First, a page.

CEOs of major US banks will be questioned by Congress on social and consumer issues.

Topics discussed during the CEOs’ appearance before the House Financial Services Commission and U.S. Banking Commission in the Senate on Wednesday and Thursday, respectively, should also include payment fraud, promoting diversity, mergers and access to US bank branches. to bank officials, congressional aides, and lobbyists.

The list includes CEOs of the four largest US banks: JPMorgan’s Jamie Dimon, Bank of America’s Brian Moynihan, Citi’s Jane Fraser, and Wells Fargo’s Charles Scharf. They will be joined by Andy Cecere, CEO of USBancorp, William Demchak, CEO of PNC Financial, and William Rogers, CEO of Truist Financial, who manage the country’s largest regional creditors.

While such hearings rarely result in legislative action, they remain risky for CEOs, who will be forced to defend their banks on several fronts as lawmakers try to strengthen their profile ahead of the November elections.

In a similar hearing last year, Dimon was involved in a heated argument with Democratic Senator Elizabeth Warren over overdraft allegations. Former Wells Fargo CEO Tim Sloan, meanwhile, resigned abruptly in March 2019, two weeks after stumbling during a House of Representatives committee hearing on the bank’s progress in solving its regulatory issues.

The hearing comes amid growing concerns that Federal Reserve rate hikes aimed at taming inflation could plunge the country into a recession. In June, Jamie Dimon said the US economy was facing a “hurricane”, but he couldn’t predict the extent of it.

Lawmakers are likely to question CEOs about how they are holding up consumer finances and how lenders intend to help Americans with rising borrowing costs.

“We will continue to take account of the nation’s largest banks so that Americans can keep more of their hard-earned money when they need it most,” said the chairman of the Senate Banking Committee. Senator Sherrod Brown, in a statement to Reuters.

Banks believe they have a positive story to tell about how they fared during the COVID-19 pandemic as they help distribute billions of dollars in aid; their current role in the economy in general; and their efforts to raise wages for basic workers, promote racial equity in the communities they serve, and strengthen workforce diversity.

It’s a message bank executives, lobbyists and business groups have been broadcasting in a marathon of private meetings with key lawmakers in recent weeks, the sources say.

“Our banks have a lot to show, to demonstrate everything they have done to support consumers, small businesses and the economy during the pandemic and even today,” said Lindsey Johnson, CEO of the Consumer Bankers Association.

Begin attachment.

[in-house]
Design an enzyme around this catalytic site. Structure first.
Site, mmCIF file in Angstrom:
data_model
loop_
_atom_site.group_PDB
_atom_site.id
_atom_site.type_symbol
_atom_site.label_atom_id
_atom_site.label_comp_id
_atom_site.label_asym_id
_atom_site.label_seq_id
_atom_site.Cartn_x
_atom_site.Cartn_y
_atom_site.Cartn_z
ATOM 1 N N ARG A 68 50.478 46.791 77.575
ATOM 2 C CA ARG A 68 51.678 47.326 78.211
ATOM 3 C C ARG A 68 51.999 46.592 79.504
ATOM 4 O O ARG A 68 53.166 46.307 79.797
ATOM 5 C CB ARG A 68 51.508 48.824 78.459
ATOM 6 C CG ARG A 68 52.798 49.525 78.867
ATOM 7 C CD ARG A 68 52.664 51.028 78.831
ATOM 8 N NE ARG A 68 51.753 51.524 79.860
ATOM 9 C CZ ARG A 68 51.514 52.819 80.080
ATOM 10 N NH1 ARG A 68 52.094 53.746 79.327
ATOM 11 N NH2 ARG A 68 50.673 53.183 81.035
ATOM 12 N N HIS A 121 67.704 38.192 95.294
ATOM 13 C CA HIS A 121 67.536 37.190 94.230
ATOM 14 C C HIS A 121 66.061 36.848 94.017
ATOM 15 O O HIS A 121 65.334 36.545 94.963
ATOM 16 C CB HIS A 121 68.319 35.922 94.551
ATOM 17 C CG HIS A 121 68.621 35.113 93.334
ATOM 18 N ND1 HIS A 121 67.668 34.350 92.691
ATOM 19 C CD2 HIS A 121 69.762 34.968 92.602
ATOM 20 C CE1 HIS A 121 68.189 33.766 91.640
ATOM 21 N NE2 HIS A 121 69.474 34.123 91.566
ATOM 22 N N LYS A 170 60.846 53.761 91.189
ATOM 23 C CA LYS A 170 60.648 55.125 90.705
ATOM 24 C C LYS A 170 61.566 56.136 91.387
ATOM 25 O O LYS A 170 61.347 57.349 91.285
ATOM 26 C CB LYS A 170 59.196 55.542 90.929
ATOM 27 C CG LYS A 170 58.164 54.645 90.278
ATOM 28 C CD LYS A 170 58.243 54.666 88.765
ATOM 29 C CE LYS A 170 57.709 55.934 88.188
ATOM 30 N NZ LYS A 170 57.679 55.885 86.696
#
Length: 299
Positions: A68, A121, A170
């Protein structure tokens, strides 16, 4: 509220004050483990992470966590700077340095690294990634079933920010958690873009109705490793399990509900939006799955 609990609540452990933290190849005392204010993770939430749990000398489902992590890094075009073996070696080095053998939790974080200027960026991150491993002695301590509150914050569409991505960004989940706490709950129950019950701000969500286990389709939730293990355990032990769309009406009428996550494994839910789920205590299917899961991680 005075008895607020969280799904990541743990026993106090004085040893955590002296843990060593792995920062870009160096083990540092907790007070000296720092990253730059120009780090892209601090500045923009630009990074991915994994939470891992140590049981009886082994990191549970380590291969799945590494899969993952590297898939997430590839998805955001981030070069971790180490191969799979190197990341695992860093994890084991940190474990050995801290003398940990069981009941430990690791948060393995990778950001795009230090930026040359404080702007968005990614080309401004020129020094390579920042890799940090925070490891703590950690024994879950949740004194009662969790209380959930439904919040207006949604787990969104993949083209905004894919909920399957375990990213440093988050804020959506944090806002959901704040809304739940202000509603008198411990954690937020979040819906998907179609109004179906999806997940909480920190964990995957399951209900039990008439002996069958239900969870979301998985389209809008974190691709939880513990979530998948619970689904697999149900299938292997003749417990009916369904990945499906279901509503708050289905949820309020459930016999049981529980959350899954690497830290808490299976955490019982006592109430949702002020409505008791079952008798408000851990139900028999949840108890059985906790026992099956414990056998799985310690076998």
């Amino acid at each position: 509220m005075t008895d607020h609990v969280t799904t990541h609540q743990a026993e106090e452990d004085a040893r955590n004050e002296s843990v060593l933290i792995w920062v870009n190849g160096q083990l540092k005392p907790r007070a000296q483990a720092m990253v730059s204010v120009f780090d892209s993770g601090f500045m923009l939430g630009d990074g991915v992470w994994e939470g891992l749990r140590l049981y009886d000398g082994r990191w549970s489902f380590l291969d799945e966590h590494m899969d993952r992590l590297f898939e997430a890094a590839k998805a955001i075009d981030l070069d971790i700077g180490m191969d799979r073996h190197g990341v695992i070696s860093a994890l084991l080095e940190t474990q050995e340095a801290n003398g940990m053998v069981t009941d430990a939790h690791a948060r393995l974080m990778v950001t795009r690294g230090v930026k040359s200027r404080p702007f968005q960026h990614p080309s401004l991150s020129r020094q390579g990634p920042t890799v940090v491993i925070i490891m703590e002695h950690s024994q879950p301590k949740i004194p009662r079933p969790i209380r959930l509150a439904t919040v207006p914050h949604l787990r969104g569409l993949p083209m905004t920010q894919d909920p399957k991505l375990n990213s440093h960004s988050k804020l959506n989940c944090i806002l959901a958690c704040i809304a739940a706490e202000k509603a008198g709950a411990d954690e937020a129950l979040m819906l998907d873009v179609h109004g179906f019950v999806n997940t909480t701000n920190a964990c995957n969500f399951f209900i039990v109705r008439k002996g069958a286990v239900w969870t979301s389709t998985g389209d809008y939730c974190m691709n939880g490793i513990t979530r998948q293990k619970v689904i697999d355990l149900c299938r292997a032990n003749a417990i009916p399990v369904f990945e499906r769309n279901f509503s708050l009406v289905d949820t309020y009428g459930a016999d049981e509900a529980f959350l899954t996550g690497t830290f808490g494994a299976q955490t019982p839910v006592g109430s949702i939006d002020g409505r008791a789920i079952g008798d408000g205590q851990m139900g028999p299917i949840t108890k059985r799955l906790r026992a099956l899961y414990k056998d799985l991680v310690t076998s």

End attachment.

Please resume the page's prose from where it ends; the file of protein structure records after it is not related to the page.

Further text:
Since the financial crisis of 2007-2009, Democrats, including Mrs Brown and House Financial Services Commission chair Maxine Waters, have taken a tough stance on the banking sector and should keep up the pressure during hearings.

In private letters, the committees asked CEOs to provide details on their capital levels, bank branch locations, employee salaries, executive compensation, efforts to reduce carbon emissions, corporate acquisitions, etc. Stocks, fair loans and abortion coverage, among other things, according to copies seen by Reuters.

But bank executives are also wary of growing criticism from Republicans, traditionally allies who have opposed heavy regulation, of what they see as the Wall Exchange’s increasingly liberal tendencies on environmental and social issues.

Republicans at the state and federal levels are attacking banks for the “boycott” of industries such as energy and firearms, a characterization disputed by the banks. Conservatives have also criticized creditors for their “wok” positions on other issues such as covering employee travel costs for out-of-state abortions.

“Americans deserve to hear how these banks will support their customers in the face of troubling economic headwinds … instead of listening to far-left talking points,” said Patrick McHenry, the House’s chief Republican, in a Reuters statement. .

While leaders faced critical questions from Republicans on these issues last year, the pressure will be greater this time around, analysts said.

“Big banks really have fewer friends than before, there’s no question about that,” said Brian Gardner, Washington’s chief policy strategist at Stifel Financial Corp.

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